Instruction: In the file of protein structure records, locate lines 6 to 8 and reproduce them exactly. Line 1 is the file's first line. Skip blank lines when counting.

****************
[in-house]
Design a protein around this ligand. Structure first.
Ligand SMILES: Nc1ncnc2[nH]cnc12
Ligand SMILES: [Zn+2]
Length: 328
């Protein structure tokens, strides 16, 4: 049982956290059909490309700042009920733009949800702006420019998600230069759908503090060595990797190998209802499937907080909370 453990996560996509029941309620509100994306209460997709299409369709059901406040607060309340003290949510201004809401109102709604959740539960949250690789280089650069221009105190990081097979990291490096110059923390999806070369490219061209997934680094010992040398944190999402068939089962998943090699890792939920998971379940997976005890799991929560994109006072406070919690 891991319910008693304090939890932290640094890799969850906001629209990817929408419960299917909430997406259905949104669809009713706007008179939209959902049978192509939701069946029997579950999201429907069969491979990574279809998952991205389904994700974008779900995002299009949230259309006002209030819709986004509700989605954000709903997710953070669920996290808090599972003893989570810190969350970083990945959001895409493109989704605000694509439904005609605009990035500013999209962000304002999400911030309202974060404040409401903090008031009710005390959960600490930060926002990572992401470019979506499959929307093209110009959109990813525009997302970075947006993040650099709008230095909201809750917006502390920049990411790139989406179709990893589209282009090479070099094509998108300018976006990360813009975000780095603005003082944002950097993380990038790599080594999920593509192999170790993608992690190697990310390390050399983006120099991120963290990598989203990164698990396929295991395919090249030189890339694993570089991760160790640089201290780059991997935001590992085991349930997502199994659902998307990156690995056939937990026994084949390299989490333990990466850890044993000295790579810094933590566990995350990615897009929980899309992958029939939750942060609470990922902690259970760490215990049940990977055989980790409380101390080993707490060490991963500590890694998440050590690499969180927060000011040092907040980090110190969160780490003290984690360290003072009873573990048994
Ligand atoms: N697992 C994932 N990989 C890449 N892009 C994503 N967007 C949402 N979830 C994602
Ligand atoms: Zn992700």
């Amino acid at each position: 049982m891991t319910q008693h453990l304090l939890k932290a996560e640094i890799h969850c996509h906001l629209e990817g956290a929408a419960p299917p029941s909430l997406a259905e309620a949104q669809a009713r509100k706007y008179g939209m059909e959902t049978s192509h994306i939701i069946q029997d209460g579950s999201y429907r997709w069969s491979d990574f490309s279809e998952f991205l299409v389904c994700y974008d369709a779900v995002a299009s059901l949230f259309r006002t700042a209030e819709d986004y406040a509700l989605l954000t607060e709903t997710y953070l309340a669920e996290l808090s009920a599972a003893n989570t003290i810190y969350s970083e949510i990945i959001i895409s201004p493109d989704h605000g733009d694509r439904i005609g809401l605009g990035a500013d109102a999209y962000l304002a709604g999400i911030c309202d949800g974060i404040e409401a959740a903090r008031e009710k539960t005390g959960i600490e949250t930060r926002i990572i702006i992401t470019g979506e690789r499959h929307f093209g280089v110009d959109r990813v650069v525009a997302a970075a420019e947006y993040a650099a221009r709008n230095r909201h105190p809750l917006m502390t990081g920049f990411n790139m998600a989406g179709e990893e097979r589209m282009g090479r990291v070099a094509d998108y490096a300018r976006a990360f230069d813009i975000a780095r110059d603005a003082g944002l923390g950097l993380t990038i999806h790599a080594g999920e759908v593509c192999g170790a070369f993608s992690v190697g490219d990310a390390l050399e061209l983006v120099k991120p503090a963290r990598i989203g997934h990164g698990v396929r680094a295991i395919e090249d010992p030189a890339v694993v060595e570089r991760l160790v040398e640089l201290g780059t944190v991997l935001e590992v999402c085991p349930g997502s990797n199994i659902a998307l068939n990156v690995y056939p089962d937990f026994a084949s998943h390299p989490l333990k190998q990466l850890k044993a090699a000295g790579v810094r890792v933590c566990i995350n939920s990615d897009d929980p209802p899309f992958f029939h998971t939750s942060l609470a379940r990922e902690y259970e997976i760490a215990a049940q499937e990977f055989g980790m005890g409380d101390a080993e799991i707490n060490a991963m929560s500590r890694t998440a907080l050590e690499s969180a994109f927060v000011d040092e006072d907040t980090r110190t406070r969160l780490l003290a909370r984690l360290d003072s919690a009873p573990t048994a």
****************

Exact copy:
């Protein structure tokens, strides 16, 4: 049982956290059909490309700042009920733009949800702006420019998600230069759908503090060595990797190998209802499937907080909370 453990996560996509029941309620509100994306209460997709299409369709059901406040607060309340003290949510201004809401109102709604959740539960949250690789280089650069221009105190990081097979990291490096110059923390999806070369490219061209997934680094010992040398944190999402068939089962998943090699890792939920998971379940997976005890799991929560994109006072406070919690 891991319910008693304090939890932290640094890799969850906001629209990817929408419960299917909430997406259905949104669809009713706007008179939209959902049978192509939701069946029997579950999201429907069969491979990574279809998952991205389904994700974008779900995002299009949230259309006002209030819709986004509700989605954000709903997710953070669920996290808090599972003893989570810190969350970083990945959001895409493109989704605000694509439904005609605009990035500013999209962000304002999400911030309202974060404040409401903090008031009710005390959960600490930060926002990572992401470019979506499959929307093209110009959109990813525009997302970075947006993040650099709008230095909201809750917006502390920049990411790139989406179709990893589209282009090479070099094509998108300018976006990360813009975000780095603005003082944002950097993380990038790599080594999920593509192999170790993608992690190697990310390390050399983006120099991120963290990598989203990164698990396929295991395919090249030189890339694993570089991760160790640089201290780059991997935001590992085991349930997502199994659902998307990156690995056939937990026994084949390299989490333990990466850890044993000295790579810094933590566990995350990615897009929980899309992958029939939750942060609470990922902690259970760490215990049940990977055989980790409380101390080993707490060490991963500590890694998440050590690499969180927060000011040092907040980090110190969160780490003290984690360290003072009873573990048994
Ligand atoms: N697992 C994932 N990989 C890449 N892009 C994503 N967007 C949402 N979830 C994602
Ligand atoms: Zn992700």